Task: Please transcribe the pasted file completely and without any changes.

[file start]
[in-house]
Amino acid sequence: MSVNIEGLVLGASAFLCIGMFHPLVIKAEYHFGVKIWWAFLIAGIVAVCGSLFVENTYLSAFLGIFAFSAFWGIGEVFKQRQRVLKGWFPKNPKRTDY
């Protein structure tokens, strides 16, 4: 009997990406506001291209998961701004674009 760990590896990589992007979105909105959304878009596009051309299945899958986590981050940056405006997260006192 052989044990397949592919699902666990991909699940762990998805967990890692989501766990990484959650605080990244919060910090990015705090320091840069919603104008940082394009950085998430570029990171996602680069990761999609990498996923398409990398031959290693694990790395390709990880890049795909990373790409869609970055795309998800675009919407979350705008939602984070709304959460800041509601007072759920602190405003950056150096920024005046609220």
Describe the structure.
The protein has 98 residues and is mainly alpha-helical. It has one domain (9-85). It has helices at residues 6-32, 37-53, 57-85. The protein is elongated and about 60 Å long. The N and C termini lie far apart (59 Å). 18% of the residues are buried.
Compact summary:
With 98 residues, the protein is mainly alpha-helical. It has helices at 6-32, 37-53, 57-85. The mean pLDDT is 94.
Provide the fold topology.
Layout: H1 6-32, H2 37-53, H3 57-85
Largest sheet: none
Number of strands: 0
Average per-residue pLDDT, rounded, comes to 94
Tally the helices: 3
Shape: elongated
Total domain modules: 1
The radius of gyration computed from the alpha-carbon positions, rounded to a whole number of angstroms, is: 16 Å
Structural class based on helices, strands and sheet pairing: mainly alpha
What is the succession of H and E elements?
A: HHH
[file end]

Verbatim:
[in-house]
Amino acid sequence: MSVNIEGLVLGASAFLCIGMFHPLVIKAEYHFGVKIWWAFLIAGIVAVCGSLFVENTYLSAFLGIFAFSAFWGIGEVFKQRQRVLKGWFPKNPKRTDY
């Protein structure tokens, strides 16, 4: 009997990406506001291209998961701004674009 760990590896990589992007979105909105959304878009596009051309299945899958986590981050940056405006997260006192 052989044990397949592919699902666990991909699940762990998805967990890692989501766990990484959650605080990244919060910090990015705090320091840069919603104008940082394009950085998430570029990171996602680069990761999609990498996923398409990398031959290693694990790395390709990880890049795909990373790409869609970055795309998800675009919407979350705008939602984070709304959460800041509601007072759920602190405003950056150096920024005046609220």
Describe the structure.
The protein has 98 residues and is mainly alpha-helical. It has one domain (9-85). It has helices at residues 6-32, 37-53, 57-85. The protein is elongated and about 60 Å long. The N and C termini lie far apart (59 Å). 18% of the residues are buried.
Compact summary:
With 98 residues, the protein is mainly alpha-helical. It has helices at 6-32, 37-53, 57-85. The mean pLDDT is 94.
Provide the fold topology.
Layout: H1 6-32, H2 37-53, H3 57-85
Largest sheet: none
Number of strands: 0
Average per-residue pLDDT, rounded, comes to 94
Tally the helices: 3
Shape: elongated
Total domain modules: 1
The radius of gyration computed from the alpha-carbon positions, rounded to a whole number of angstroms, is: 16 Å
Structural class based on helices, strands and sheet pairing: mainly alpha
What is the succession of H and E elements?
A: HHH